A former Russell McVeagh lawyer*, with close knowledge of its handling of complaints of sexual assault and harassment against summer clerks, says beware of the law firm’s carefully worded public responses. 

When you read from a detached distance, stories like the Newsroom.co.nz expose on the Russell McVeagh sexual assault scandal, it is all too easy to take hook-line-and-sinker the obvious public relations catch phrases which such a firm inevitably rolls out in response.

They will surround the breaking story with white noise in a hope to put out the flames before it can gain traction. There have already been all-too-familiar phrases and finessed rhetoric deployed by Russell McVeagh to address the revelations of serious and systemic sexual harassment, and more recently, sexual assault.

It is not until you happen to be standing so proximate to such a serious series of events that it becomes apparent how damaging this kind of language is to the victims involved when, as is often the case, it is in no way an accurate reflection of what occurred.

Having watched this saga unfold from a relative degree of proximity in my opinion Russell McVeagh’s reaction to the very compelling allegations of sexual assault and harassment was commercial and focused on harm minimisation – and not exclusively in the best interests and wellbeing of the vulnerable victims as well as several staff who had bravely chosen to support them.

This disjunct between what Russell McVeagh has said to the media and the reality is best illustrated by comparing what actually happened to the representations made in the carefully crafted spin that highly paid PR consultants would have encouraged Russell McVeagh to pump out.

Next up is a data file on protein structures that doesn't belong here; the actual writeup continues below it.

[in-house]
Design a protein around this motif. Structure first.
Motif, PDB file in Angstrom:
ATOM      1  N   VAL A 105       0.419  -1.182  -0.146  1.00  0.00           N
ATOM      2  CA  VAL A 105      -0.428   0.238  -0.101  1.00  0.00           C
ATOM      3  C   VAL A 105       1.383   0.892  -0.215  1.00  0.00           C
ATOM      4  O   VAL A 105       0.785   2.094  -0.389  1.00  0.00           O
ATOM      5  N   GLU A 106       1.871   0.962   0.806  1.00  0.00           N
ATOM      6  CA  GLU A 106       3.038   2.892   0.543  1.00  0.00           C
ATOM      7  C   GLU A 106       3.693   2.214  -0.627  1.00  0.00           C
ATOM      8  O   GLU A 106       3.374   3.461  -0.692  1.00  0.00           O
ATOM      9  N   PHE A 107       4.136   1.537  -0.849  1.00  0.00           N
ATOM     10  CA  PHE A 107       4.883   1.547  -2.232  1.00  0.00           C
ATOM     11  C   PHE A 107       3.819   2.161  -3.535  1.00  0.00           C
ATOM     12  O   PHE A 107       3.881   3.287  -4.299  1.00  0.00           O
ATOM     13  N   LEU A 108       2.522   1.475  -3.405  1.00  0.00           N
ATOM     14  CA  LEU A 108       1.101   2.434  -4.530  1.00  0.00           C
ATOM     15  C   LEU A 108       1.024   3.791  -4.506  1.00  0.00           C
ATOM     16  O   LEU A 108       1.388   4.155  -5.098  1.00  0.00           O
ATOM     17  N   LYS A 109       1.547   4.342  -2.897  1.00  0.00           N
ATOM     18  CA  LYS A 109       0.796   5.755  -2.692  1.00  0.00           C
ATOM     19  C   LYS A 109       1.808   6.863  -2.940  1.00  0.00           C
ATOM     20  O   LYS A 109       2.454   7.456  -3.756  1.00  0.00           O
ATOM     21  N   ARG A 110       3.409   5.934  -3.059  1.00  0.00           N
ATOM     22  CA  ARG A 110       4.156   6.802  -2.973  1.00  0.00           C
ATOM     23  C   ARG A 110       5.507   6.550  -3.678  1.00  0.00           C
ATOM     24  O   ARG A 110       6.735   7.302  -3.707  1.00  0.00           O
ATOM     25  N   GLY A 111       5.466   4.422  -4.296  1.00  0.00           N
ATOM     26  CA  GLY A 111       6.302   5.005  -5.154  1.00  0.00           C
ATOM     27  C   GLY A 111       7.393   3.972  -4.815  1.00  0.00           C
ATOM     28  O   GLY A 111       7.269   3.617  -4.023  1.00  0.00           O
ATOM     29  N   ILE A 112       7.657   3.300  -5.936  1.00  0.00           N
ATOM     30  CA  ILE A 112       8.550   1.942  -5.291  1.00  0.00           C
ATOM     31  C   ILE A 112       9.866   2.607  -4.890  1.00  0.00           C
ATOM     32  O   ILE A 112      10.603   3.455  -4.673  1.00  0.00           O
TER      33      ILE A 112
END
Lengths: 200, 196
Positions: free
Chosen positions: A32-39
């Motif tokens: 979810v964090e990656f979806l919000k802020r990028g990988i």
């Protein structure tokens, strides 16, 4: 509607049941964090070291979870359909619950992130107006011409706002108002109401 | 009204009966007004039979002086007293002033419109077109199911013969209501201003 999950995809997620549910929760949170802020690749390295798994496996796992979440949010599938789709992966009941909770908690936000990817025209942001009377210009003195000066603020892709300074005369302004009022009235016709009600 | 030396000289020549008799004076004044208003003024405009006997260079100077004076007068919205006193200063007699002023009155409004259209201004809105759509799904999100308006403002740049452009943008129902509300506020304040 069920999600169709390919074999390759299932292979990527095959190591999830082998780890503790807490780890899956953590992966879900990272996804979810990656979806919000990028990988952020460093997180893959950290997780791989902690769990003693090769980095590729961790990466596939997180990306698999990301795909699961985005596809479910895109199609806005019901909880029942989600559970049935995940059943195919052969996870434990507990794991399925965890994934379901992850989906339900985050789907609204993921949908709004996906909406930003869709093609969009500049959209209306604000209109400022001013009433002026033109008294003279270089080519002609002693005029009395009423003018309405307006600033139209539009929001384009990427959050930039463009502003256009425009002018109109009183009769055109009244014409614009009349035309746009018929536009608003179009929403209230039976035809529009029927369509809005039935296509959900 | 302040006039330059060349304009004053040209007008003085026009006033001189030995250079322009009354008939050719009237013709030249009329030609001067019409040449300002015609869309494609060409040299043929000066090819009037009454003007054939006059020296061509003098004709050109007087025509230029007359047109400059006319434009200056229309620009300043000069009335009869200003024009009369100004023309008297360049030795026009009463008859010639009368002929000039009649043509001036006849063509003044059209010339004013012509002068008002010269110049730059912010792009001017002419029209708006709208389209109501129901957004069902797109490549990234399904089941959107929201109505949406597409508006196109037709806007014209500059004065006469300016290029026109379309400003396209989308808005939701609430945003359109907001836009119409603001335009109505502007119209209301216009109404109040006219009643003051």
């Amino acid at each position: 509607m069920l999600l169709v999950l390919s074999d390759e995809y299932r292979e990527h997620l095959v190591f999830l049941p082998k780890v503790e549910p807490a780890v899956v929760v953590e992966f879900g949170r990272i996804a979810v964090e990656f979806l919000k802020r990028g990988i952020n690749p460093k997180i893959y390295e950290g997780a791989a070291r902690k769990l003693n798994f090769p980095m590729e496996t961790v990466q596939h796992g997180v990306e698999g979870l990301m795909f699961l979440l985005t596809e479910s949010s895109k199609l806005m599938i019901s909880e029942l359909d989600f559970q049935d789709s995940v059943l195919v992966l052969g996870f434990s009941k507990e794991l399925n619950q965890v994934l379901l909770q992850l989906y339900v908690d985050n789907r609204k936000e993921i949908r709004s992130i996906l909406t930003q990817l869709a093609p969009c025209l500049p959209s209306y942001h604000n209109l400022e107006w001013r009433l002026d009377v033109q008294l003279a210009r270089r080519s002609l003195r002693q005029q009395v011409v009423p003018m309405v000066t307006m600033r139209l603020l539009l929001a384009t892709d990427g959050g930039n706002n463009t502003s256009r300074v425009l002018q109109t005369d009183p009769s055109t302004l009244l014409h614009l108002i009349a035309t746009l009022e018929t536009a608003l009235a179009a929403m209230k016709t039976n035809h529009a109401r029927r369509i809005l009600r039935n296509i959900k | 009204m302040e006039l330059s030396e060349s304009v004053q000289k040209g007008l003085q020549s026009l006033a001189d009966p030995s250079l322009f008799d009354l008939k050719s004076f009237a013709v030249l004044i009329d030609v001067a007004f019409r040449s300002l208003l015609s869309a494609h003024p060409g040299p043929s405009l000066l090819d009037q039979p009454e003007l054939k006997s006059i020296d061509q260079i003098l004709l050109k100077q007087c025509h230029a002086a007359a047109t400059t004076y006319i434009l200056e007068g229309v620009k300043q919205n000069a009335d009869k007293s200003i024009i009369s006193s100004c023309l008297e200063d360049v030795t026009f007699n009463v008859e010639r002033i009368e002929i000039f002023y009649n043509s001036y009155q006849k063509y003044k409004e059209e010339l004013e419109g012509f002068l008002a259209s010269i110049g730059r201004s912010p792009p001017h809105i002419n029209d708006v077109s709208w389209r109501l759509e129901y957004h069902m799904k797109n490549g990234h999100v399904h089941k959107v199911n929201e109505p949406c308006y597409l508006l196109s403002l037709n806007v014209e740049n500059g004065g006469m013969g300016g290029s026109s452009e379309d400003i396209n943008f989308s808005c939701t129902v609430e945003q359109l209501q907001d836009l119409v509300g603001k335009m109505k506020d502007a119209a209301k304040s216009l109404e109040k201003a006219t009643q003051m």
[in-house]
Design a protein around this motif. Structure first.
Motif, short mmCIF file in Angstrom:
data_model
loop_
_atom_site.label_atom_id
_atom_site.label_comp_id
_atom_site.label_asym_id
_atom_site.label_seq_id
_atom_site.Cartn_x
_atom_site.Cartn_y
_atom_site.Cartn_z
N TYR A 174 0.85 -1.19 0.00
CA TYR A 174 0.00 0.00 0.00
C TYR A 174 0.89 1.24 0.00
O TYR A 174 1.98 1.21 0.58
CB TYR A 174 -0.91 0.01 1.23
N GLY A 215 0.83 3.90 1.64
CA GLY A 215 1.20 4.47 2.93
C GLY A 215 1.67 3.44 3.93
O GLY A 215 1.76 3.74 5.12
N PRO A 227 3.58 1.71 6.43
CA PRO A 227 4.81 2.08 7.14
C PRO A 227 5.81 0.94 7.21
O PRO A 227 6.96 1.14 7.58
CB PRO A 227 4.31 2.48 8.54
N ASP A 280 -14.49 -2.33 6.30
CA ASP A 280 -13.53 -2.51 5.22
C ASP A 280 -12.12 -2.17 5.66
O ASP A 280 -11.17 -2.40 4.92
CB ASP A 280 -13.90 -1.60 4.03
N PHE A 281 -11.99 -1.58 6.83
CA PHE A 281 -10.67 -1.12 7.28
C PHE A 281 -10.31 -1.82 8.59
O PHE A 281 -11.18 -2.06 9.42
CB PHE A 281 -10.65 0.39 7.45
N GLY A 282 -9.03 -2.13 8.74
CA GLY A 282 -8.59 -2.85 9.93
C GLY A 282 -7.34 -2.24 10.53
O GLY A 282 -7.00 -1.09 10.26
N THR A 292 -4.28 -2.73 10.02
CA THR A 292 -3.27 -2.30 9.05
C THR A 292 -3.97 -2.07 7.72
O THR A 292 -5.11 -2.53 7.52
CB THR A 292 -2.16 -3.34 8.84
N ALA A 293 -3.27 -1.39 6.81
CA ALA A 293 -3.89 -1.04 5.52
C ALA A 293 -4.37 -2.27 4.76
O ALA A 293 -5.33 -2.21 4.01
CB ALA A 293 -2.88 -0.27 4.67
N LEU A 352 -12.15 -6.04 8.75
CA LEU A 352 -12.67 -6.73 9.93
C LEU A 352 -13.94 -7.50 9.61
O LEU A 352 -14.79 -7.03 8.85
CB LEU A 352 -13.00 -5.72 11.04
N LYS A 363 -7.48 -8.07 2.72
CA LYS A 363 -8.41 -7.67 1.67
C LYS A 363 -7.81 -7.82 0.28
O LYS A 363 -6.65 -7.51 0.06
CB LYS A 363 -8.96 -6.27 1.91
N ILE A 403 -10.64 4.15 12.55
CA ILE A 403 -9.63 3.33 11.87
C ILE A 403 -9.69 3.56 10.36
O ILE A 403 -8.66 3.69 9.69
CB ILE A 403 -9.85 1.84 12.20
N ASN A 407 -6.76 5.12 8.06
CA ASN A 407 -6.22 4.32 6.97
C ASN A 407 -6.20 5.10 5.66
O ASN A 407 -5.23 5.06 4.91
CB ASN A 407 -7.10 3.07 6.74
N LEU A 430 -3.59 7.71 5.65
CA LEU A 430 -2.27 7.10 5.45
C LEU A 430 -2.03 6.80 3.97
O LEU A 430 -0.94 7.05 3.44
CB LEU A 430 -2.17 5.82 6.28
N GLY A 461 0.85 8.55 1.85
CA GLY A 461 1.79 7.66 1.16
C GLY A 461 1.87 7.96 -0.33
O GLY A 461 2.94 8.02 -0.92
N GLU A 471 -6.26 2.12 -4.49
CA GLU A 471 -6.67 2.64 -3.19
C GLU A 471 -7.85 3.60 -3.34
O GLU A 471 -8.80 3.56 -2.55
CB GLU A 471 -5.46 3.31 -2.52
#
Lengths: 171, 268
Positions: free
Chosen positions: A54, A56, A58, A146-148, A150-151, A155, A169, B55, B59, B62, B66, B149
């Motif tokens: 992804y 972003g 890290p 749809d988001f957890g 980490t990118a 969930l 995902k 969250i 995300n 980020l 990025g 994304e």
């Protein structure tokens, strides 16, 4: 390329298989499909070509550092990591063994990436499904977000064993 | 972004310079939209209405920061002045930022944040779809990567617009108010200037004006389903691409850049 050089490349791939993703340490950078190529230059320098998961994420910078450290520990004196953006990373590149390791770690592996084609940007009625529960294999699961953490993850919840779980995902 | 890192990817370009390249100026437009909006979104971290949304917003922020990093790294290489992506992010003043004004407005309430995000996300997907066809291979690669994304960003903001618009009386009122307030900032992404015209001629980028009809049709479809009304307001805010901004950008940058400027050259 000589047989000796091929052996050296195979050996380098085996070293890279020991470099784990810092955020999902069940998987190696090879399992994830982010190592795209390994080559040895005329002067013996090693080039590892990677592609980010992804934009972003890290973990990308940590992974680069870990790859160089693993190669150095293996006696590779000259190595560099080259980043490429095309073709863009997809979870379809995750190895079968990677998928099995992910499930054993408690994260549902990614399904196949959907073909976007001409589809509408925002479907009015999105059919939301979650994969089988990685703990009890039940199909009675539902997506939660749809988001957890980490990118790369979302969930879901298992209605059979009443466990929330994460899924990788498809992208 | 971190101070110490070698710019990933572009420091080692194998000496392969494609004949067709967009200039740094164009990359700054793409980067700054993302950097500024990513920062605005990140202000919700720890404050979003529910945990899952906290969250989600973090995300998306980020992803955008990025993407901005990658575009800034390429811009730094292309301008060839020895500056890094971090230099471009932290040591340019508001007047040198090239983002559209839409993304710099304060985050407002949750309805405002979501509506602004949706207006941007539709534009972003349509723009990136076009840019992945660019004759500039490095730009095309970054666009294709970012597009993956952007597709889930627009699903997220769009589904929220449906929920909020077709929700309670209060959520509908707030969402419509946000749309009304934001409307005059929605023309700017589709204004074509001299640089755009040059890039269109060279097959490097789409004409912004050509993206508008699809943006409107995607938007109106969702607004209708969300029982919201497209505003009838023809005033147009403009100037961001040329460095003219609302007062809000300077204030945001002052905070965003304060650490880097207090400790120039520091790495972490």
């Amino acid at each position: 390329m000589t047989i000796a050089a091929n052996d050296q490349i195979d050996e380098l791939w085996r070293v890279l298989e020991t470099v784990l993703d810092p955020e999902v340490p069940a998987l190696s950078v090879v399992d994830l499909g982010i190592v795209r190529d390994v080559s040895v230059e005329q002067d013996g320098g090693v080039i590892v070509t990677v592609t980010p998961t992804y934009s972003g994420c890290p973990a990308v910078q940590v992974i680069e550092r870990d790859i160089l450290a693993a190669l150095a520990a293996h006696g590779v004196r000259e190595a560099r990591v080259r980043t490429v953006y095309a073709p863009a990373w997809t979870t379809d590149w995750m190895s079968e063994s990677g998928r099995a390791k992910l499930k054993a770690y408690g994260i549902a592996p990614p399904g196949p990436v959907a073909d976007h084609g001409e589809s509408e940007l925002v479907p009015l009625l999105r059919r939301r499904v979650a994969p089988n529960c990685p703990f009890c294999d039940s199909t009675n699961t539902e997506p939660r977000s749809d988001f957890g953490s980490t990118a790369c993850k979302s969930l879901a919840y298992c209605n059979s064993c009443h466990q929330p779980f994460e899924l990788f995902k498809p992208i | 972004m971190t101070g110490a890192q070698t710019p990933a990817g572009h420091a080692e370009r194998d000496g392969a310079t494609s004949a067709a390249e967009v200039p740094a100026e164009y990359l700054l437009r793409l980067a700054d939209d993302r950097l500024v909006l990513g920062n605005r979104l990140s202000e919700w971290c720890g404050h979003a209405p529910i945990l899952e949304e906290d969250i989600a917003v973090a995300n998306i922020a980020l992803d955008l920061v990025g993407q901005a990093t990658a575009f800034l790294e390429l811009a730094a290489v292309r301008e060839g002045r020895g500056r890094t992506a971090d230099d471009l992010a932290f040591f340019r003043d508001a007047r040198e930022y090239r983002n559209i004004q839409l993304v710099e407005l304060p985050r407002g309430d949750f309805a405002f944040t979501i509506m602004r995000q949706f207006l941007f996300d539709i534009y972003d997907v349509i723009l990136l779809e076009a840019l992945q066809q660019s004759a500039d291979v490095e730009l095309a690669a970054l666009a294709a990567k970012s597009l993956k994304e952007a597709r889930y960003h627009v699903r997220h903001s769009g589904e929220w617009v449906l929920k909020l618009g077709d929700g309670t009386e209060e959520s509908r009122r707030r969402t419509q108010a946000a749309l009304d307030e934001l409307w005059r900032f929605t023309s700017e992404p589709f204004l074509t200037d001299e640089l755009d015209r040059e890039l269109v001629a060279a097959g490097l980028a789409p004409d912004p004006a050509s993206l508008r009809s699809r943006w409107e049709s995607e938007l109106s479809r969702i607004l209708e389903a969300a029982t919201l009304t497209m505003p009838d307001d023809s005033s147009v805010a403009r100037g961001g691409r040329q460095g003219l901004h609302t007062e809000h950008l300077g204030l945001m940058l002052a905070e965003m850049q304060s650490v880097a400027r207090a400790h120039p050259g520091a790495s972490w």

First, they have chosen language that implies it is an isolated incident:

“Over two years ago we received serious allegations related to incidents in Wellington”.

In reality, one of the men involved, a relatively senior figure, was already on notice for related behaviour and had been the subject of discreet oversight from the partnership as a result – discrete here being the operative word.

Also, after having worked at Russell McVeagh previously I can say that this behaviour was merely a recent iteration of a long-standing culture of predatory conduct that pervaded the firm, both the Auckland and Wellington offices, and was responsible for numerous incidents over the years, all of which have been quietly manoeuvred to an end.

Second, Russell McVeagh has implied it took decisive action by stating:

“Those who were the subject of the allegations left the firm following the investigation. Out of respect for the privacy of the women involved, we have no further details to share”.

Also, note their use of “zero tolerance” which Pip Greenwood has sought to embed into every statement made, a claim that in my view seems in contradiction with how the firm has handled past incidents.

Spot the very carefully chosen language here – the men “left the firm” – words that gloss over the manner of their departure. At the time Russell McVeagh had all it needed to fire the men, as a “zero tolerance” policy would demand. Instead however, they will not say now if the men were fired or resigned. Had it been a firing there would have been implications for the firm and possible scrutiny of the kind now being seen. 

The end result was both males went on to positions elsewhere, not an uncommon occurrence in the profession and a more innocent narrative for a sudden change of roles. Some work followed from clients.

Pip Greenwood’s denial that any assistance was provided to the pair to find new jobs goes against reason and logic, as anyone familiar with the inner working of a large law firm will know.